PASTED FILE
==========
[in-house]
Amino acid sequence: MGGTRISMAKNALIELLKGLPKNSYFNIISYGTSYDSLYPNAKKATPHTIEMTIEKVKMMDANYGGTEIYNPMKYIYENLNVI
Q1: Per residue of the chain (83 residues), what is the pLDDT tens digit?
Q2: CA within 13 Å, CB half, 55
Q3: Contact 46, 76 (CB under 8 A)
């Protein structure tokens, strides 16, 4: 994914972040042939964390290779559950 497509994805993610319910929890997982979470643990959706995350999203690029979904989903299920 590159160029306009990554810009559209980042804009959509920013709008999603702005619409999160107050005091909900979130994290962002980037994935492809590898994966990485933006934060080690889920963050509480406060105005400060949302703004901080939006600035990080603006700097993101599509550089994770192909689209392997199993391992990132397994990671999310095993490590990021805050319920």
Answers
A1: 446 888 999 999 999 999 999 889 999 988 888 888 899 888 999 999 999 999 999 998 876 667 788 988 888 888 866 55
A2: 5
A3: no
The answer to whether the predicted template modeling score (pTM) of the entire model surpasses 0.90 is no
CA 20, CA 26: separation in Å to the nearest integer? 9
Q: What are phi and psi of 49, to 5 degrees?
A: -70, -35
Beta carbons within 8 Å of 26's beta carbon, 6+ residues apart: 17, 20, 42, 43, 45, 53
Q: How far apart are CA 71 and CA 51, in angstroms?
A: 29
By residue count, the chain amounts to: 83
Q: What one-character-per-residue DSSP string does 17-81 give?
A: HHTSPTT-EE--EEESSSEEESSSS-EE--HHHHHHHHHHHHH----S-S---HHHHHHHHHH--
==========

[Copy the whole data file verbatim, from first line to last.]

[in-house]
Amino acid sequence: MGGTRISMAKNALIELLKGLPKNSYFNIISYGTSYDSLYPNAKKATPHTIEMTIEKVKMMDANYGGTEIYNPMKYIYENLNVI
Q1: Per residue of the chain (83 residues), what is the pLDDT tens digit?
Q2: CA within 13 Å, CB half, 55
Q3: Contact 46, 76 (CB under 8 A)
């Protein structure tokens, strides 16, 4: 994914972040042939964390290779559950 497509994805993610319910929890997982979470643990959706995350999203690029979904989903299920 590159160029306009990554810009559209980042804009959509920013709008999603702005619409999160107050005091909900979130994290962002980037994935492809590898994966990485933006934060080690889920963050509480406060105005400060949302703004901080939006600035990080603006700097993101599509550089994770192909689209392997199993391992990132397994990671999310095993490590990021805050319920």
Answers
A1: 446 888 999 999 999 999 999 889 999 988 888 888 899 888 999 999 999 999 999 998 876 667 788 988 888 888 866 55
A2: 5
A3: no
The answer to whether the predicted template modeling score (pTM) of the entire model surpasses 0.90 is no
CA 20, CA 26: separation in Å to the nearest integer? 9
Q: What are phi and psi of 49, to 5 degrees?
A: -70, -35
Beta carbons within 8 Å of 26's beta carbon, 6+ residues apart: 17, 20, 42, 43, 45, 53
Q: How far apart are CA 71 and CA 51, in angstroms?
A: 29
By residue count, the chain amounts to: 83
Q: What one-character-per-residue DSSP string does 17-81 give?
A: HHTSPTT-EE--EEESSSEEESSSS-EE--HHHHHHHHHHHHH----S-S---HHHHHHHHHH--